# Sorting an array using two different criteria

I am trying to sort an array using the insertion sort algorithm. The array is filled with `WordNode` elements that include a `word` field (inputted from a text file) and a `frequency` field (to measure the number of times the particular word appears in the text file). I have implemented the sort so that words are sorted by frequency (from lowest to highest), but I also want to sort alphabetically if frequencies are equal. How can I sort using two different criteria at the same time? Below is my sort code.

``````public static void sort(ArrayUnorderedList<WordNode> array) {
//create stacks for insertion sort

//while the array has elements to be sorted
while(!array.isEmpty()) {
//remove current element from array
WordNode currentNode = array.removeFirst();

//while the sorted stack meets sorting criteria
while((!sorted.isEmpty()) && (sorted.peek().getFrequency() < currentNode.getFrequency())) {
//push elements to temp stack
temp.push(sorted.pop());
}

//push current element to sorted stack
sorted.push(currentNode);

//while the temp stack has elements to be replaced
while(!temp.isEmpty()) {
//push elements to sorted stack
sorted.push(temp.pop());
}
}

//replace sorted elements in array
while(!sorted.isEmpty()) {
}
}
``````
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You could also look at implementing `Comparable`, then you can compare each node directly, and control the comparison from one place –  dann.dev Apr 13 '12 at 2:08

AppClay's answer is absolutely correct, but if you are interested in "tidying it up", create a helper that implements Comparator.

``````class WordNodeComparator implements Comparator<WordNode> {
@Override
public int compare(WordNode lhs, WordNode rhs) {
int result = lhs.getFrequency() - rhs.getFrequency();
if (result == 0) {
return lhs.getWord().compareTo(rhs.getWord());
}
else {
return result;
}
}
}
``````

Then you simply create an instance of it, and use it in your loop:

``````while((!sorted.isEmpty()) && (nodeComparator.compare(sorted.peek(), currentNode) < 0)
``````

Not only does this make the code easier to read and test, it's now trivial to swap out different Comparator implementations as needed.

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This is a much nicer way of doing it, if I ever code in Java again (it's been a while) hopefully I'll remember this :) –  appclay Apr 13 '12 at 2:19

Update this line:

``````while((!sorted.isEmpty()) && (sorted.peek().getFrequency() < currentNode.getFrequency())) {
``````

to:

``````while((!sorted.isEmpty()) && (sorted.peek().getFrequency() < currentNode.getFrequency() || (sorted.peek().getFrequency() == currentNode.getFrequency() &&  sorted.peek().getWord().compareTo(currentNode.getWord()) < 0))) {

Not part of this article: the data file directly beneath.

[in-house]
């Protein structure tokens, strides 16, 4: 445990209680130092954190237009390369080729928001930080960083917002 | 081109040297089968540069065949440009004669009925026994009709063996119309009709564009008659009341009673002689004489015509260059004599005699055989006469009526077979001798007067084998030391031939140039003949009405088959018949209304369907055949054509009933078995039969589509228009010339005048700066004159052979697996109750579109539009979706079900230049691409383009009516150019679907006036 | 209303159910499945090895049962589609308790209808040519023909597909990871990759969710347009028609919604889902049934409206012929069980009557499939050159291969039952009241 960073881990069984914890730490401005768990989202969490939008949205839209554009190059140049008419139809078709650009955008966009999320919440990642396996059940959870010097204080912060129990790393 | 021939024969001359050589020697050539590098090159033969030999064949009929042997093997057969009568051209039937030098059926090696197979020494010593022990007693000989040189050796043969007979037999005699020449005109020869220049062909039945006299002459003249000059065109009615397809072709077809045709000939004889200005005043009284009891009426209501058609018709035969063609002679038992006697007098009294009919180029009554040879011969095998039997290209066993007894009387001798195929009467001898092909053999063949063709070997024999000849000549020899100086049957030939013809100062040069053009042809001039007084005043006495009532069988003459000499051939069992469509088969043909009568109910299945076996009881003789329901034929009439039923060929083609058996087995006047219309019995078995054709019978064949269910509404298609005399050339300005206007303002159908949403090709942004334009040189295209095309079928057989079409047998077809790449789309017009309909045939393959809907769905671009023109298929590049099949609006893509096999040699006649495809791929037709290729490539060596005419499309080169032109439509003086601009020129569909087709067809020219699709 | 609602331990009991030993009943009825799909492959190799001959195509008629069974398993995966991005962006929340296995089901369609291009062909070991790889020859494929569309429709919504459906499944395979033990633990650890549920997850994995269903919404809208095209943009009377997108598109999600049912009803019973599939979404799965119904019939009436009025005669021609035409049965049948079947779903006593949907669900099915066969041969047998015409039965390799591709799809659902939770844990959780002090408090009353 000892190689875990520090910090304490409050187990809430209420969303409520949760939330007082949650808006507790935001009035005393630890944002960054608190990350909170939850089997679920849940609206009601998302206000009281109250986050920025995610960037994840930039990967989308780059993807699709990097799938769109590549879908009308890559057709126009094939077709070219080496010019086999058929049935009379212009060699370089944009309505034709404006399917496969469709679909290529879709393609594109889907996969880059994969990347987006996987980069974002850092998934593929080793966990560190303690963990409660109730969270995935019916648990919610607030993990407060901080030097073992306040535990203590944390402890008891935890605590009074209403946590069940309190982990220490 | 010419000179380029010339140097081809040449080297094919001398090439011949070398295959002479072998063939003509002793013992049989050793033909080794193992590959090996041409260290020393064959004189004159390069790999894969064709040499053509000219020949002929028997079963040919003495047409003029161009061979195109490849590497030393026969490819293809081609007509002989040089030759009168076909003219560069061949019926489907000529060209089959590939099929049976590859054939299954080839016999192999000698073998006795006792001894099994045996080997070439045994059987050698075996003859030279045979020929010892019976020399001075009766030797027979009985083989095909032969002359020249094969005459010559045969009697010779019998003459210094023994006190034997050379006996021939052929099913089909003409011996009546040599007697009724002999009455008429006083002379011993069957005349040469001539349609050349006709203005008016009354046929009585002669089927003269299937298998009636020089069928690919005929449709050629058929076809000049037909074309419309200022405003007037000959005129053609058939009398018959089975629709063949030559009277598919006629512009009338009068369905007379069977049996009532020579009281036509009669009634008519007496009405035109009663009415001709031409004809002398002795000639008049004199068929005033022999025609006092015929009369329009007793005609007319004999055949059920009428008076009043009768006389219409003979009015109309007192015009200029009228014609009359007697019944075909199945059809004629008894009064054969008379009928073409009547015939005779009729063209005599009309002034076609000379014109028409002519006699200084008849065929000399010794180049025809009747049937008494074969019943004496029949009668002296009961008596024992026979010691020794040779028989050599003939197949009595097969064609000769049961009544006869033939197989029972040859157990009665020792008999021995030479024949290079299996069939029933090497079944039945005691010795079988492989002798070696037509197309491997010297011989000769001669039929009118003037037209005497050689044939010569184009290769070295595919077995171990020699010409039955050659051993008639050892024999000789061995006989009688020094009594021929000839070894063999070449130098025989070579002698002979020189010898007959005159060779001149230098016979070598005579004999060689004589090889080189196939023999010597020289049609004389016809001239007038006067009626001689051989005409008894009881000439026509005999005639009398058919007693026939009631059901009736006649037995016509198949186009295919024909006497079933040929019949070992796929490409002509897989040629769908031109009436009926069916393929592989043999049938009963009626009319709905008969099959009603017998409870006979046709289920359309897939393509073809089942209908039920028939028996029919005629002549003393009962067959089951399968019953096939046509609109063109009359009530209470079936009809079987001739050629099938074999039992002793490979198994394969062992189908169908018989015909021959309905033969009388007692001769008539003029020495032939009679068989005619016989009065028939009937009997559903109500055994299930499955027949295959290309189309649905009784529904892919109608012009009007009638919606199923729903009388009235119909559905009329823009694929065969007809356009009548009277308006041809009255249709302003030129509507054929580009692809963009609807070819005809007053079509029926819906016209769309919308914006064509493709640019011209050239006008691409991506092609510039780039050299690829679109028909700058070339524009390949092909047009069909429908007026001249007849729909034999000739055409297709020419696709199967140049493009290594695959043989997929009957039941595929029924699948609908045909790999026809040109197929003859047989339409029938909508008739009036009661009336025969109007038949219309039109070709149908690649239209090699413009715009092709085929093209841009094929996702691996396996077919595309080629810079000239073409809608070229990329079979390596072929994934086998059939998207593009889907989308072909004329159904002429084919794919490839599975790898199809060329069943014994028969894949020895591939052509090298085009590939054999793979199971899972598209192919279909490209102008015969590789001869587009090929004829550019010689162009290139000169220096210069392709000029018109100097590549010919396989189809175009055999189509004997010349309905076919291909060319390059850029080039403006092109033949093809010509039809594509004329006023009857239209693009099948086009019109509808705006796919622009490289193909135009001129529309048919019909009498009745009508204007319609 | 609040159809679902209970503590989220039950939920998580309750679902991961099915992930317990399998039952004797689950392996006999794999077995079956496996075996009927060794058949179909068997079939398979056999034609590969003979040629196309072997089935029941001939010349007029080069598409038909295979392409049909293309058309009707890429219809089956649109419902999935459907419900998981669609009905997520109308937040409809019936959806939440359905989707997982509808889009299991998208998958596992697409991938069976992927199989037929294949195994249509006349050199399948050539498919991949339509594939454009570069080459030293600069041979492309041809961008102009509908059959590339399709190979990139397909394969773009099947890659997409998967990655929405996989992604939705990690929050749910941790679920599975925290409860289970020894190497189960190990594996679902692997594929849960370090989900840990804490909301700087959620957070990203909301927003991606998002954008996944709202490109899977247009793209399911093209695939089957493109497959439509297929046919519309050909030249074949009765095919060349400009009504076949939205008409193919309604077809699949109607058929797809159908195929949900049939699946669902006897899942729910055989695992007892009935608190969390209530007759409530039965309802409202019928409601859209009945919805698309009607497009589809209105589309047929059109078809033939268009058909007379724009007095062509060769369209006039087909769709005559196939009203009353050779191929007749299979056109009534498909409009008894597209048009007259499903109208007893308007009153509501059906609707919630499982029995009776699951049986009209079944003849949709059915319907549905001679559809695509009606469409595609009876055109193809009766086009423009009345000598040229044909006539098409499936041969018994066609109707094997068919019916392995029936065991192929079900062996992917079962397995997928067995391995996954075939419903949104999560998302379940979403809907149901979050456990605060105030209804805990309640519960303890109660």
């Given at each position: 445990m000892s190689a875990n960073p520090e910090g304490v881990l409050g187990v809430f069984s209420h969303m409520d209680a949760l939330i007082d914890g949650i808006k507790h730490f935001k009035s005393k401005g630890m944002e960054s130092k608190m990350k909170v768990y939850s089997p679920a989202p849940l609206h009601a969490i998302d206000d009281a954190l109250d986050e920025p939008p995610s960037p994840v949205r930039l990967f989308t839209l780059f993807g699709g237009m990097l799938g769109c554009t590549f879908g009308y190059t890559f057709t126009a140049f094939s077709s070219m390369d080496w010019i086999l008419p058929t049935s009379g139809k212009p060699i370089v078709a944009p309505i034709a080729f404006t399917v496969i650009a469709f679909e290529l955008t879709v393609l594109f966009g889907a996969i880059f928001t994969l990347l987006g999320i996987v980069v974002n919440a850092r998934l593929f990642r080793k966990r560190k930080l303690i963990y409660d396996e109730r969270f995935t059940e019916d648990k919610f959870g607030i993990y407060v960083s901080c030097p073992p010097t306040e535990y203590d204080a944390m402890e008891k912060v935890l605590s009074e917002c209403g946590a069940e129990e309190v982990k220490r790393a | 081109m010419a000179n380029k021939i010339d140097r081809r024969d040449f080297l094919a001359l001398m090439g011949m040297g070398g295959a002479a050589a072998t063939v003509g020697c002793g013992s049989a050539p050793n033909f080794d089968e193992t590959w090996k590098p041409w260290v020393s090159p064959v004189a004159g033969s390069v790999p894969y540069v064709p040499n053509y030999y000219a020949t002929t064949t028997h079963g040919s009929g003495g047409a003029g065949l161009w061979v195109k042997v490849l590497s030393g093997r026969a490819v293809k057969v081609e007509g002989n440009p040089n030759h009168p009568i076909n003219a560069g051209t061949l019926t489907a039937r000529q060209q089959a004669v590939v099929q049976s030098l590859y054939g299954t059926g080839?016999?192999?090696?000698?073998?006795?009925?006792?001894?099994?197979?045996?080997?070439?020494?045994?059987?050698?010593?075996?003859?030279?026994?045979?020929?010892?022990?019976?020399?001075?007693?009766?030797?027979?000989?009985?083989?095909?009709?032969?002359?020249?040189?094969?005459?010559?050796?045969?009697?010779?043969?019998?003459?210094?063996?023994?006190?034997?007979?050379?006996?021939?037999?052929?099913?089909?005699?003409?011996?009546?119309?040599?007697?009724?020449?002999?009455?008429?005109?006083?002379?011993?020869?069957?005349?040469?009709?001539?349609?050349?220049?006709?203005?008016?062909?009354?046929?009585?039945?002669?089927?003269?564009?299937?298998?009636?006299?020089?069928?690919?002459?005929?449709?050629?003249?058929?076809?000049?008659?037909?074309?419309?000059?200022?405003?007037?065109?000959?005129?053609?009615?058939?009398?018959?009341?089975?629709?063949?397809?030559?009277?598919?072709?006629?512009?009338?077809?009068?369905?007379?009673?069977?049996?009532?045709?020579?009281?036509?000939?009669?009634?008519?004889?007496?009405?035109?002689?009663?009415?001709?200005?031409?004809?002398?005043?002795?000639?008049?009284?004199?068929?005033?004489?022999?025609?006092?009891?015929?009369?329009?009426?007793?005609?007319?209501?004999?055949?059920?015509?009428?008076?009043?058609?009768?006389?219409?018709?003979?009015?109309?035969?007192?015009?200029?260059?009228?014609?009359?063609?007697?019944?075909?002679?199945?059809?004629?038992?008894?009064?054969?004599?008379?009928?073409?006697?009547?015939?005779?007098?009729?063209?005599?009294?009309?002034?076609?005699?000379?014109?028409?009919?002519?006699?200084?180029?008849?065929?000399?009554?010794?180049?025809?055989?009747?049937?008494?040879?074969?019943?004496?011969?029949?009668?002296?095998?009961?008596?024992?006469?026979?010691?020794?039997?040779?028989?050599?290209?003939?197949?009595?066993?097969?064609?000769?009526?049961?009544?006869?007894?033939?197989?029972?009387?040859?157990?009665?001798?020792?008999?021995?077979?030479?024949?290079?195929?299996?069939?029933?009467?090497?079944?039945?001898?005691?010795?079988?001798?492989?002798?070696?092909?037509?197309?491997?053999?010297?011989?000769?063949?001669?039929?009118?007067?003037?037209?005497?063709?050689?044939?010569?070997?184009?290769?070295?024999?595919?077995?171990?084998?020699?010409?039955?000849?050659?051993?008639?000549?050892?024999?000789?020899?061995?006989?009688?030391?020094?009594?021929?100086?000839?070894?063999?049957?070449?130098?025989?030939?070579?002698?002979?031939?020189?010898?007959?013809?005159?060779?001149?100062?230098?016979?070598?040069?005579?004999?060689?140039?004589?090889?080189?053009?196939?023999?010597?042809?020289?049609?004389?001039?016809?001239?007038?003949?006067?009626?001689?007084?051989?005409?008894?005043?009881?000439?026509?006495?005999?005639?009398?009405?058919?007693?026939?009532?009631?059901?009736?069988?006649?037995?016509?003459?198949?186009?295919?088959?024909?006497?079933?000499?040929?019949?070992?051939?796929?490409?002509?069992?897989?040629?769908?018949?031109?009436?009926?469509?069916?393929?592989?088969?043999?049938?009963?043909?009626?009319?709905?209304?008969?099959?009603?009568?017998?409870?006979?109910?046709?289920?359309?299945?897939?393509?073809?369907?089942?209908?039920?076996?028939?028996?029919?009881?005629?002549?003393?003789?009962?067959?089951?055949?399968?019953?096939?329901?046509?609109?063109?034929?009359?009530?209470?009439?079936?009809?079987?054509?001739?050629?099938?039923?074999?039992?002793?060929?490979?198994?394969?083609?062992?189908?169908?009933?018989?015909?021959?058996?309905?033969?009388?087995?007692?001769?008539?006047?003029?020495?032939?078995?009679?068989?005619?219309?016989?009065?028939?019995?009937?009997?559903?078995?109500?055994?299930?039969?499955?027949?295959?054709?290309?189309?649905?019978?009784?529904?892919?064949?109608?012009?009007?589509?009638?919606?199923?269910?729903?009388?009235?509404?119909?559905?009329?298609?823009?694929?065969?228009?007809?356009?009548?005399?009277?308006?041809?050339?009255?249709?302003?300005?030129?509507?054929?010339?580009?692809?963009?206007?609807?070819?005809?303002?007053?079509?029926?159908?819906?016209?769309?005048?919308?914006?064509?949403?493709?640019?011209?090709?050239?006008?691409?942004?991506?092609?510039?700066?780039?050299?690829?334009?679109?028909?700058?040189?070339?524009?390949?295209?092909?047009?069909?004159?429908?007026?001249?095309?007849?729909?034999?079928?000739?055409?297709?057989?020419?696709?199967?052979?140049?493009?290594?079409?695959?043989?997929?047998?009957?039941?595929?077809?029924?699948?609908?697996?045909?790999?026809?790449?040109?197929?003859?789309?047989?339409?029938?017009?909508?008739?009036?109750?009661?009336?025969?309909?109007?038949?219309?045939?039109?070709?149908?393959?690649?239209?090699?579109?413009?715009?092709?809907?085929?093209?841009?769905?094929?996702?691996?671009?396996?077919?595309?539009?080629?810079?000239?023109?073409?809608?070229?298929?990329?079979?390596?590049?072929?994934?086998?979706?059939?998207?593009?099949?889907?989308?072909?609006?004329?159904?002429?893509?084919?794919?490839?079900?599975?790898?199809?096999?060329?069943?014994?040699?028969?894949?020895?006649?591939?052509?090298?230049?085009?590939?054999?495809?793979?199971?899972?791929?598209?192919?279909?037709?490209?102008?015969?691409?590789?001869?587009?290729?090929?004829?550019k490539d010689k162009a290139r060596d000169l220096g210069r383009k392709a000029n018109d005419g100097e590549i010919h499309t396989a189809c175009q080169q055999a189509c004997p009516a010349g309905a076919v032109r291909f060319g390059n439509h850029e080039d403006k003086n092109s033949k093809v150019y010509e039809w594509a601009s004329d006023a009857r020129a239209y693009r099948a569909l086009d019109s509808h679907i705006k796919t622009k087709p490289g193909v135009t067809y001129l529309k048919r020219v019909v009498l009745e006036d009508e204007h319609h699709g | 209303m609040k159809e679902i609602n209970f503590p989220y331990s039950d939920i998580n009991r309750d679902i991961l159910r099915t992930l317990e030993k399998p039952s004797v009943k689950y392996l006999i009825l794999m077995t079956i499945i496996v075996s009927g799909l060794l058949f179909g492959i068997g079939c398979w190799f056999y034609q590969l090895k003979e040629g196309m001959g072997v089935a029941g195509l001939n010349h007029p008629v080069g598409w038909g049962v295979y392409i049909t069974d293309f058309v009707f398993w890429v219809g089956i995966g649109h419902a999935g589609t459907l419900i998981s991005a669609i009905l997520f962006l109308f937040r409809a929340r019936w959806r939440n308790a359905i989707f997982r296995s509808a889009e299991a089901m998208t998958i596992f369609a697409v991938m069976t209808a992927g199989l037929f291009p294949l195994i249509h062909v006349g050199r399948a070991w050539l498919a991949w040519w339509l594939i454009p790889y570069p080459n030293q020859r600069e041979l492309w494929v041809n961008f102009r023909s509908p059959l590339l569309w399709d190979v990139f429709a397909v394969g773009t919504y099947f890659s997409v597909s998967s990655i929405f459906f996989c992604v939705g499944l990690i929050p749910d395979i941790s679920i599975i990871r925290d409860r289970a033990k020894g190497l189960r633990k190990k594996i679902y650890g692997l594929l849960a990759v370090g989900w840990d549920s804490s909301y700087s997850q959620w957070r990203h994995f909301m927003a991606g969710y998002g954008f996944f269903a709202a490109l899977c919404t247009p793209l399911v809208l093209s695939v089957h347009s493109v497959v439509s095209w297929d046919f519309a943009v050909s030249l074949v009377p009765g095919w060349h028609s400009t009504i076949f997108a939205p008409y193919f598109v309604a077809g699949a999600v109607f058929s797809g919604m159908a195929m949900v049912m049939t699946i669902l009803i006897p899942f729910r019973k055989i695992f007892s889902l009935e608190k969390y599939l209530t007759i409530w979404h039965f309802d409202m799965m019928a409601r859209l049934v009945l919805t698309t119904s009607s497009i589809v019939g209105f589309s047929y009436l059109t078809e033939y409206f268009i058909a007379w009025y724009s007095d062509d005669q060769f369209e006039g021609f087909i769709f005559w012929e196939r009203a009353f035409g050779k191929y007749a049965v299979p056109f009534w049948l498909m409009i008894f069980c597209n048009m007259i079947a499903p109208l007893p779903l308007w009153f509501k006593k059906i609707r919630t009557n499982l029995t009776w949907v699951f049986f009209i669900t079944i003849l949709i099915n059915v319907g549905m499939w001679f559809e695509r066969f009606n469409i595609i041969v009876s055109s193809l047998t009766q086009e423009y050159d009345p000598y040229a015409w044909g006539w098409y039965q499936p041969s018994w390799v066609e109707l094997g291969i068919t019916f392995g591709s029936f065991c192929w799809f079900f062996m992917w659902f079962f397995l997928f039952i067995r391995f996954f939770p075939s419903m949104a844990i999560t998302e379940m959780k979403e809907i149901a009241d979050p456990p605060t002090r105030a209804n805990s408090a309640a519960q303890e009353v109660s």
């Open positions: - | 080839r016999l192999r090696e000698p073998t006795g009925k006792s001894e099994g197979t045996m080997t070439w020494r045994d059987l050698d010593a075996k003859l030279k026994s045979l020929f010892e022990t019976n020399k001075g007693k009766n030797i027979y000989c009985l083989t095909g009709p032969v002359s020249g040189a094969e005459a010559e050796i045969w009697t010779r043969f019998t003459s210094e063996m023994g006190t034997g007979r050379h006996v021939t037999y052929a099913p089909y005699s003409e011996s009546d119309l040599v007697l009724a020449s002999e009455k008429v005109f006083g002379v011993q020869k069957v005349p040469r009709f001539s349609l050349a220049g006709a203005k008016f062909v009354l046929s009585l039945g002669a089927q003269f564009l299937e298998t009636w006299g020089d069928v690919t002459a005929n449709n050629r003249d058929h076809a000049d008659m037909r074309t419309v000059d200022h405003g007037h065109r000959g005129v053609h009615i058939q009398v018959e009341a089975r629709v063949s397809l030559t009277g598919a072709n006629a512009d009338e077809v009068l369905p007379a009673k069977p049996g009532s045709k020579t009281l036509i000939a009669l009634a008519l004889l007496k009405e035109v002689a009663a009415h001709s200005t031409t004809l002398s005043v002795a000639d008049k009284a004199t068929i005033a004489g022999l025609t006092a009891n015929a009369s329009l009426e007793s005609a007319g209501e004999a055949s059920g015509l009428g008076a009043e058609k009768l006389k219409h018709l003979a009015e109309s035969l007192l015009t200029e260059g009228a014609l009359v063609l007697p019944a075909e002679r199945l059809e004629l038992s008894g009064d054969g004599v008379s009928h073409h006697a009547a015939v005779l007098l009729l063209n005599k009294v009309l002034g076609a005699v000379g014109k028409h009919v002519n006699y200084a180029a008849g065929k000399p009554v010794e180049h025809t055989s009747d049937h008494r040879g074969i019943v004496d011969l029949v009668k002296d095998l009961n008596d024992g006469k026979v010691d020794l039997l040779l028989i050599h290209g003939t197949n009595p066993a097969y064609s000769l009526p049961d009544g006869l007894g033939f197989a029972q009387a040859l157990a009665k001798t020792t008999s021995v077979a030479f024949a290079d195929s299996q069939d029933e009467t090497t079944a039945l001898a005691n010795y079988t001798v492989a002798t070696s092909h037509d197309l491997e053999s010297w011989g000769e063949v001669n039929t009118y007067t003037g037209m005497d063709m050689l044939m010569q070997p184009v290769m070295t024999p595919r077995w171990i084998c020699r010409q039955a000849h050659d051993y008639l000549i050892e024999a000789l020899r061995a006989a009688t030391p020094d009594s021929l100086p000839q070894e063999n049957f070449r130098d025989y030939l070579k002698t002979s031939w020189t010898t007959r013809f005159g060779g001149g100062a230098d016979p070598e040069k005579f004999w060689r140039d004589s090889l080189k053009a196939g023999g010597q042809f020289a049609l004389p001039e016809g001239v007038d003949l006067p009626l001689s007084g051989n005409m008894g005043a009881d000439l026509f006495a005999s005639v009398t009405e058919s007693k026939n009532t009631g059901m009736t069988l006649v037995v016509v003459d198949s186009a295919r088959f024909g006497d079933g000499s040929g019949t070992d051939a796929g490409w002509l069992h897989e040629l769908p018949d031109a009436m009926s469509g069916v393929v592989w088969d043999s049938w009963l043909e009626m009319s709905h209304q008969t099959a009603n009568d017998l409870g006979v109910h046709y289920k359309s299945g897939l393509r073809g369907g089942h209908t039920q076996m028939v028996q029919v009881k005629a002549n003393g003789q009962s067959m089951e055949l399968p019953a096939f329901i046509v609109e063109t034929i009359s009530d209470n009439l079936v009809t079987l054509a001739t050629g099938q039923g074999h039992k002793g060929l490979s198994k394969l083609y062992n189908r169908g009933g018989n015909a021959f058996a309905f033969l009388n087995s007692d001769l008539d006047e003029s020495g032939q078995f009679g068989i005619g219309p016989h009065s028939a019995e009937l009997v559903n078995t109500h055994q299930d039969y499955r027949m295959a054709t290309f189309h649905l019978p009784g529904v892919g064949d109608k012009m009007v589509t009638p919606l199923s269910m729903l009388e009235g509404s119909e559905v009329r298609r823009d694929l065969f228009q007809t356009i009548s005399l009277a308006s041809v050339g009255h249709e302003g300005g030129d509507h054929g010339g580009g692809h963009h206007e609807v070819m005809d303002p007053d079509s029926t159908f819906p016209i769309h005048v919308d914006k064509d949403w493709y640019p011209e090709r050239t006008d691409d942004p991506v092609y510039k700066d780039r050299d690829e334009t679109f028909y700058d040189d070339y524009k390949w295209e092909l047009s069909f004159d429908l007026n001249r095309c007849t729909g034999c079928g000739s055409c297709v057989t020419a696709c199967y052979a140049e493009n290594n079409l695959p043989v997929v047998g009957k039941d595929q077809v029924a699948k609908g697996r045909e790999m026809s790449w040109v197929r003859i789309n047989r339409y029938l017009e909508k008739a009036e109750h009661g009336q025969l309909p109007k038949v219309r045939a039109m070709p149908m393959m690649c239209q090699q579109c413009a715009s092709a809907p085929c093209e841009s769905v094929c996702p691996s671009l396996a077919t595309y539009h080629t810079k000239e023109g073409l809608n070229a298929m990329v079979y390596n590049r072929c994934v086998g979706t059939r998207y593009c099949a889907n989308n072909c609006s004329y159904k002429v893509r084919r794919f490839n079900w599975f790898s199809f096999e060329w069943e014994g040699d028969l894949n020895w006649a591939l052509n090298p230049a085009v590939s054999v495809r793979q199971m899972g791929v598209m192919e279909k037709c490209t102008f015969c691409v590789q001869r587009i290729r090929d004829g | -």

``````
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I admit this is a little ugly. It might be nicer to create a function for the comparison and pass in `sorted.peek()` and `currentNode` as parameters –  appclay Apr 13 '12 at 2:03
Though you may think it's ugly, it's still perfectly functional, so thank you for the assistance! I'll consider "tidying it up" a bit once I finish some of the other functionality in my program. –  lollercopter Apr 13 '12 at 2:05
I guess the other option is to spread it over a couple of lines to make it more readable/maintainable. –  appclay Apr 13 '12 at 2:07

``````int cmp = sorted.peek().getFrequency() - currentNode.getFrequency();
if (cmp == 0)
cmp = sorted.peek().getWord().compareTo(currentNode.getWord());

while((!sorted.isEmpty()) && cmp < 0) {
//push elements to temp stack
temp.push(sorted.pop());
cmp = sorted.peek().getFrequency() - currentNode.getFrequency();
if (cmp == 0)
cmp = sorted.peek().getWord().compareTo(currentNode.getWord());
}
``````

I'm assuming that `getFrequency()` returns an integer and that the actual word in a `WordNode` is accessed by the `getWord()` method. Using the above we compare first by frequency, and if both frequencies are equal then we compare alphabetically

EDIT :

A nicer solution, define this helper method:

``````private static boolean compare(LinkedStack<WordNode> sorted, WordNode current) {
int cmp = sorted.peek().getFrequency() - current.getFrequency();
if (cmp == 0)
cmp = sorted.peek().getWord().compareTo(current.getWord());
return cmp;
}
``````

And then change the first inner loop in your code to this:

``````while (!sorted.isEmpty() && compare(sorted, currentNode) < 0) {
//push elements to temp stack
temp.push(sorted.pop());
}
``````
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`getWord()` returns a String value. Would this affect how your line `cmp = sorted.peek().getWord() - currentNode.getWord();` works since you're subtracting String values? (Never mind... just noticed your edit.) –  lollercopter Apr 13 '12 at 2:01
I don't think this will work, the value of `cmp` needs to be updated within the while loop, as you are popping off the top of the `tmp` stack. But then again, its's been a while since I've written a sort. –  Greg Case Apr 13 '12 at 2:01
Wouldn't you need to update cmp in the for loop after the `temp.push(sorted.pop());` line –  appclay Apr 13 '12 at 2:01
You're right, `cmp` must be updated at each iteration. I updated my answer, it's starting to look too long. It'd be better to extract the code to a separate method, but you get the idea –  Óscar López Apr 13 '12 at 2:05
There, I edited my answer with a cleaner solution. –  Óscar López Apr 13 '12 at 2:12

Use Guava lib:

``````    public static List<WordNode> sort(List<WordNode> src){
List<WordNode> result = Lists.newArrayList(src);
Collections.sort(result, new Comparator<WordNode>(){
@Override public int compare(WordNode w1, WordNode w2) {
return ComparisonChain.start()
.compare(w1.frequency, w2.frequency)
.compare(w1.word     , w2.word)
.result();
}});
return result;
}
``````
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